What we need is to find an appropriate balance between preventing misuse and promoting beneficial innovation.
Freethink: What if it turns out that being physically stronger helps you live a longer life — if that's the case, are there some ways of improving health that we should simply rule out?
Dr. Jennifer Doudna: The concept of improving the "healthspan" of individuals is an area of considerable interest. Eliminating neurodegenerative disease will not only massively reduce suffering around the world, but it will also meaningfully increase the healthy years for millions of individuals.
There is a meaningful distinction between enhancement and treatment, but that doesn't mean that the line is always clear. It isn't. — DR. JENNIFER DOUDNA
There will also be knock-on effects, such as increased economic output, but also increased impact on the planet.
When you think about increasing lifespans just so certain people can live longer, then not only do those knock-on effects become more central, you also have to ask who is benefiting and who isn't? Is it possible to develop this technology so the benefits are shared equitably? Is it environmentally sustainable to go down this road?
Freethink: Where do you see it going from here?
Dr. Jennifer Doudna: The bio revolution will allow us to create breakthroughs in treating not just a few but whole classes of previously unaddressed genetic diseases.
We're also likely to see genome editing play a role not just in climate adaptation, but in climate change solutions as well. There will be challenges along the way both expected and unexpected, but also great leaps in progress and benefits that will move society forward. It's an exciting time to be a scientist.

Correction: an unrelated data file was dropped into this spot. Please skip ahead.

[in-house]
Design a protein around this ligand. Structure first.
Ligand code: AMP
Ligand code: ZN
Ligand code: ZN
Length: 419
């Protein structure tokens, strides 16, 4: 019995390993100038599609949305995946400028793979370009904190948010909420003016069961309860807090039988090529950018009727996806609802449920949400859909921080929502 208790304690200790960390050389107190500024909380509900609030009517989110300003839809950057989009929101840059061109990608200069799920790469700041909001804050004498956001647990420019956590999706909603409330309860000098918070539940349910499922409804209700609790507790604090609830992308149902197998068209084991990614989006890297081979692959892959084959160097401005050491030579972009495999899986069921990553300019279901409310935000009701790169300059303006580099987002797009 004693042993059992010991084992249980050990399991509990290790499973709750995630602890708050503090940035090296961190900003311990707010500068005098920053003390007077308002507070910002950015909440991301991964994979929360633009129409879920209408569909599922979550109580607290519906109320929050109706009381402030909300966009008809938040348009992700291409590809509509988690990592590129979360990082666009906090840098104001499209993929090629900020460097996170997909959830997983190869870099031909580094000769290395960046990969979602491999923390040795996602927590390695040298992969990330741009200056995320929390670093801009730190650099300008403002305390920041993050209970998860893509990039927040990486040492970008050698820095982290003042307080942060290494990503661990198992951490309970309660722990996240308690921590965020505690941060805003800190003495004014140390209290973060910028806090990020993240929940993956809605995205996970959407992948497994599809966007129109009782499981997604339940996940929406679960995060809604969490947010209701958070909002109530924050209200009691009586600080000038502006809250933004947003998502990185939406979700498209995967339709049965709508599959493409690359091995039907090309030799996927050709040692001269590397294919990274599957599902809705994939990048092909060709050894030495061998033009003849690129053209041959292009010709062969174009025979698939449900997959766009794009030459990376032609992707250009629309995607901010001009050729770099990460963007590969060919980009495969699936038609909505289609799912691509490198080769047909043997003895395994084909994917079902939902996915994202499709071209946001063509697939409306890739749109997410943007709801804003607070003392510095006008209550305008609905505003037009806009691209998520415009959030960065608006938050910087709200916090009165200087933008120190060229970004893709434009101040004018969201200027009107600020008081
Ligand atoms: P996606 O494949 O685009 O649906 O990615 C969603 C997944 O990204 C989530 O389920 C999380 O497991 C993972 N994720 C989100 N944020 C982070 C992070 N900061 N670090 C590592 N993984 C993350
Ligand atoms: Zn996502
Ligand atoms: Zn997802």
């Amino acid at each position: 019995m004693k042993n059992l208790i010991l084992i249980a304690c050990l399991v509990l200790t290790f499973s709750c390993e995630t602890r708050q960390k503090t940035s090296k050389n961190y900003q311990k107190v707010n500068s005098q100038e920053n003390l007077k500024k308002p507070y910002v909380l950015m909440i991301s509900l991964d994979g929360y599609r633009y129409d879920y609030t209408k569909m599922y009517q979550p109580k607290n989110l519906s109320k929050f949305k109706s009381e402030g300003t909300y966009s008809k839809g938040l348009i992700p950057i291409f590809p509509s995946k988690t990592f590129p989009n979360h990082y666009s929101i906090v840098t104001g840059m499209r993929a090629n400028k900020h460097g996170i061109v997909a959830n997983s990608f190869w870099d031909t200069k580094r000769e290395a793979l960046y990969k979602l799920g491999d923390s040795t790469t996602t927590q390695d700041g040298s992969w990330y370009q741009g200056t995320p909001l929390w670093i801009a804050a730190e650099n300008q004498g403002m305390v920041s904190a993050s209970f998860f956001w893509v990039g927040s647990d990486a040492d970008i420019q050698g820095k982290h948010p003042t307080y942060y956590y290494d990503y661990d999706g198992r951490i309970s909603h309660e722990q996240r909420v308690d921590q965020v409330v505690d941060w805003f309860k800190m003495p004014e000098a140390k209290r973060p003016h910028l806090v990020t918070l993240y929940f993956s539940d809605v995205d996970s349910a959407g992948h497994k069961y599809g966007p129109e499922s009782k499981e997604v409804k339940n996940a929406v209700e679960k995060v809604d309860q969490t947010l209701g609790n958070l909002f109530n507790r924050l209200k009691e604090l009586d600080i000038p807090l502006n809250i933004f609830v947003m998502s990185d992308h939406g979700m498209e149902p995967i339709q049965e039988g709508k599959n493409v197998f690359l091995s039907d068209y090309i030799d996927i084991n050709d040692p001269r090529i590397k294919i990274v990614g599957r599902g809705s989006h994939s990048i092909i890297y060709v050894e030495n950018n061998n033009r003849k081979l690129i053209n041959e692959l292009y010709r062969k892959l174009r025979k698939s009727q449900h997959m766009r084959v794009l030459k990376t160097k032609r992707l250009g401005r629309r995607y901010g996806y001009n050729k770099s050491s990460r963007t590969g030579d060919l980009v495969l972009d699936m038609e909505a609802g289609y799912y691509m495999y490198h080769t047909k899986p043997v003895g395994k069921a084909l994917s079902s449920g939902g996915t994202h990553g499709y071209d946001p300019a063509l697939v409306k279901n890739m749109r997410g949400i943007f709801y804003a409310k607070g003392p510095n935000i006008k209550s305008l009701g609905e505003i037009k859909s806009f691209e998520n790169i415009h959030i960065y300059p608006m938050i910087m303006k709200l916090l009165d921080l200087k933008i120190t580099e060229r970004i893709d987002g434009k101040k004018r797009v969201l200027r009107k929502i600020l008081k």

Freethink: If you had to guess, what is the first disease you think we are most likely to cure, in the real world, with CRISPR?
Dr. Jennifer Doudna: Because of the progress that has already been made, sickle cell disease and beta-thalassemia are likely to be the first diseases with a CRISPR cure, but we're closely following the developments of other CRISPR clinical trials for types of cancer, a form of congenital blindness, chronic infection, and some rare genetic disorders.
The pace of clinical trials is picking up, and the list will be longer next year.
Here's one use for all that harvested personal data that you might not object to. Algorithms and big data are no longer just for profit; they can bring us self-awareness and growth.
Who knows more about you than anyone else? Perhaps it’s not so much who, but what. Our intimacy with our devices has surpassed our closeness with most of our friends and family, says Nichol Bradford, and an algorithm never forgets – it will remember everything you ever typed into a search box, how you voted, when you were sick, where your scroll slowed down on a page, how quickly you clicked a picture that it mathematically knew you would like. Until now, big data like this has been used purely for profit, so that media companies can sell advertising, and e-commerce sites can move units. But that’s about to change, explains Bradford. There is tech emerging that can not only track your external behavior, wishes and desires, but read your inner biological signals and interpret micro-expressions on your face to accurately assess your psychological state. If you put this technology into the hands of individuals, not just companies, it could help us manage our habits. This technology could first show us who we really are – objectively, with none of our ego-protective denial or projection – then be a tool to change our behavior and thinking patterns for the better. Nichol Bradford is the author of The Sisterhood.